This week Reeder for the iPad was released, and even though I have several RSS feed readers I like, so many people on the web praised it that I picked it up. It is pretty cool, but I am still trying to figure out what makes it better than some of the other readers I’ve tried. It does present a nicer graphical interface than most, but the actual operation is pretty similar. The verdict is still out on this one.

A new version of Google Earth for the iPad came out this week, and it is simply awesome. GE has always been a good program on any platform, but this new version on the big iPad touch screen is marvelous. It cannot be missed by iPad owners.

Upcoming trip

Next week I am traveling to Orlando; no I’m not going to Disney World as I didn’t win a sport championship. I am speaking on a panel about mobile tech at a conference with some of my peers and it will be totally cool. The trip is only for two days so I am traveling very light in the gear department. I intend to take the MacBook, iPad and the EVO 4G. That’s it; I know I will be able to handle anything that might come up with this kit, and it fits in a little backpack. Of course I will take the second MacBook battery, so I can get 8 – 10 hours each day without power concerns. The EVO will do double duty as a mobile hotspot, so I’ll always have 3G connectivity available. I checked the Sprint coverage map and unfortunately there is no 4G in Orlando; none in all of Florida as a matter of fact.

Lost dog

This week the unthinkable happened — my little dog Oreo disappeared. I let him out in the back yard and in just five minutes he was gone. This little guy is special to me, and I was devastated. I searched for him for hours and hours to no avail. I tried using tech to find him — I tweeted his photo and information out to see if that would help. In less than an hour this had been retweeted hundreds of times, and I’ll bet thousands of folks saw his photo and were aware of the situation.

Oreo was waiting for me at the back door the next day as if nothing happened, and it is a mystery how he got out  and where he was for a day. The neighbor a few houses down found Oreo at HIS back door the next morning, and his back yard is enclosed like mine. There is no visible indication where (and how) he got out of my back yard, and none at the neighbor’s house to indicate how he got in his back yard.

The neighbor brought him back home at 5:30 when he discovered Oreo, and that’s why he was waiting at my back door that morning. It is a total mystery, and the whole street is trying to figure it out. I want to thank everyone who enlisted in the Twitter army to find Oreo. It was interesting to see how fast the campaign took off and amazes me how many people were looking for him as a result. It was the digital equivalent of the “Lost dog” posters appearing on every Twitter street corner.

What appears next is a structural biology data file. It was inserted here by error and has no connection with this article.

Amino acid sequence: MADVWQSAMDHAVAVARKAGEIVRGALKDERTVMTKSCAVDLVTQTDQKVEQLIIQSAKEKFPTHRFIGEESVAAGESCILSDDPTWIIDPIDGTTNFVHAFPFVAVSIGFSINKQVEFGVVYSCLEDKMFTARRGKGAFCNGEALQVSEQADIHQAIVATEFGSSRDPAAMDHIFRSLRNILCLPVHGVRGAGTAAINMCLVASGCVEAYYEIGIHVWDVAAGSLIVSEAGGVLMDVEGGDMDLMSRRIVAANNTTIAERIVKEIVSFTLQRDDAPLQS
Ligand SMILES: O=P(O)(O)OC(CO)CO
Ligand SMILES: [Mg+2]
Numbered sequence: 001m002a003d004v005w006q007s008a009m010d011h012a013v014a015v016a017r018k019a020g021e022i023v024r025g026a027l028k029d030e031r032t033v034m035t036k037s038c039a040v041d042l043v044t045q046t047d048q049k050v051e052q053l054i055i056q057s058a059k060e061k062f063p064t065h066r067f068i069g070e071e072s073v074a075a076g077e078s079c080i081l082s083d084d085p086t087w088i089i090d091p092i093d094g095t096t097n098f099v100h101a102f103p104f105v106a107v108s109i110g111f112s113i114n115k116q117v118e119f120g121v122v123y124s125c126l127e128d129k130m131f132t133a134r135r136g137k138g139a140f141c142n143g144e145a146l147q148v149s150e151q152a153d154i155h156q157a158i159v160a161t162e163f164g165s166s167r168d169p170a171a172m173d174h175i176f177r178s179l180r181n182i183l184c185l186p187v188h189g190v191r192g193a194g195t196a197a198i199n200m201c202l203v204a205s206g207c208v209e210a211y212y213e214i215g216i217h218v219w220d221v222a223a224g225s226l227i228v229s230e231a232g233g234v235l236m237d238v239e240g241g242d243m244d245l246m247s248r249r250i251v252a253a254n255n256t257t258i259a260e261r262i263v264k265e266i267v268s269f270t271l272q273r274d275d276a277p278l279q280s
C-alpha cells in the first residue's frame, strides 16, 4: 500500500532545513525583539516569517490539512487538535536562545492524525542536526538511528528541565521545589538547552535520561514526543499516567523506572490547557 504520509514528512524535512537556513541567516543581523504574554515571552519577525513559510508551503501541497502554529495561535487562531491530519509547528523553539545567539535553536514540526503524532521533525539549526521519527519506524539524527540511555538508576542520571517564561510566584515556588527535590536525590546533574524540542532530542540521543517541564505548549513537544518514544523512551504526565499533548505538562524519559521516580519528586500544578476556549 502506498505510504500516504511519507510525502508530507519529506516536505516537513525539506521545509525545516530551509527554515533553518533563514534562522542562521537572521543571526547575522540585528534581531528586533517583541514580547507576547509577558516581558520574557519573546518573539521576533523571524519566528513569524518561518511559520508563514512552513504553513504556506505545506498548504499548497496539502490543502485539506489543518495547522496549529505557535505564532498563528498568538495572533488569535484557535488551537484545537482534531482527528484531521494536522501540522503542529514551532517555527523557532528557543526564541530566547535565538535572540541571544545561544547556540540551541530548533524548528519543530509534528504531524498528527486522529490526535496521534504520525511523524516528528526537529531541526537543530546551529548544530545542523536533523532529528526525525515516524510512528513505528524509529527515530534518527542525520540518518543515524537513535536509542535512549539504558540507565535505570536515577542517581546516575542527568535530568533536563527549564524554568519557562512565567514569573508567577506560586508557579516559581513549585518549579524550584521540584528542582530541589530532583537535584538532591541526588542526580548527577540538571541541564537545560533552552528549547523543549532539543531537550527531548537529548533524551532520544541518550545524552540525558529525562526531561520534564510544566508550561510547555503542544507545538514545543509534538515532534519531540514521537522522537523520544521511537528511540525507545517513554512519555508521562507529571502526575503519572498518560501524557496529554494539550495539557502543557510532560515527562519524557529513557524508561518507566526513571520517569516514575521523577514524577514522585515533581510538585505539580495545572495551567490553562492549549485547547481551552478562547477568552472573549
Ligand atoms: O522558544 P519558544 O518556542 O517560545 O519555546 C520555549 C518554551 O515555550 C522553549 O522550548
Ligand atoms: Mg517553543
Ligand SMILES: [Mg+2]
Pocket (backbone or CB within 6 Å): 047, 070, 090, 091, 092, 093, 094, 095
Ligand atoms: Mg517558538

e-Books of the Week

This week I continued the trilogy by Stieg Larrson I began last week. The Girl Who Played With Fire is an outstanding mystery, and I raced through the novel. The novel picks up where the first book in the series left off, and was a joy to read. I am now in the middle of the last book in the trilogy — The Girl Who Kicked the Hornet’s Nest and it is great, too. This trilogy is the best thing I have read in a good while. It is too bad there will not be any other books from Larrson.

Wrap-up

That’s the week as it happened at Mobile Tech Manor. Lots of apps, lots of Android and lots of fun. We’ll do this again next week; until then take care.

  1. James,
    Your comments on the HTC EVO are confusing me.
    I live in Houston (like you)
    Purchased my EVO two weeks ago and have been using it daily since. Here are my my findings.
    At home (Cypress with spotty 4G, but supposedly solid 3G coverage) the EVO will run all day on Wifi, drops about 10% an hour (inline with some reviewers) If I run 3G only it drops about 25% an hour and the best speed I can get is about 200k to 500k down. (Verizon MiFi & my Verizon Storm2 get me 1.7mbps)
    With 4G on, it struggles to find 4G (according to the coverage map I am on the border of 4G coverage) but the phone constantly says “4G Network is available” connects for a few secs and then goes back to 3G. With 4G antenna on, my phone discharges at about 1% per minute and runs hot until dead about 1.5 hours later from a full charge. The hotspot feature does not work at all at these speeds and times out regular network requests from my iPad and MacBook.

    Driving on Hwy 290 (major Houston freeway) and running speedtest.net app I can get 1.7 TO 2.5mbps but 4G comes in an out sporadically even though the coverage map shows almost 100% 4G coverage.

    In town (I-10 and 610 galleria area) I can only get 3G and sometimes 4G, but the battery discharges at 25% per hour in standby mode (no use except turning on to see battery life)

    In summary, the EVO is a very nice phone, not too big, nice Android OS (if a little unpolished compared to my iPhone 3Gs)
    But the software handling the 4G is horrendous on the battery and turns the phone into an hand warmer (in 100 degree Houston weather.) Sprint 4G coverage is spotty and a little over hyped since it does not speed much better than my 3G MiFi and sprint charges $10 more for the 4G privilege. In a week or two before my 30 days expires, the EVO is being returned to Sprint for the full refund.

    Let me know if you want to meet up to discuss our findings.

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    1. Your experience is so different from mine. I can only state what my actual experience is, I have no idea what is going on with yours. I leave 4G turned off unless I know I am in a coverage zone. If I am unsure I turn it on and let it try to connect. If it does and has good signal I leave it on for that session. Otherwise it goes back off.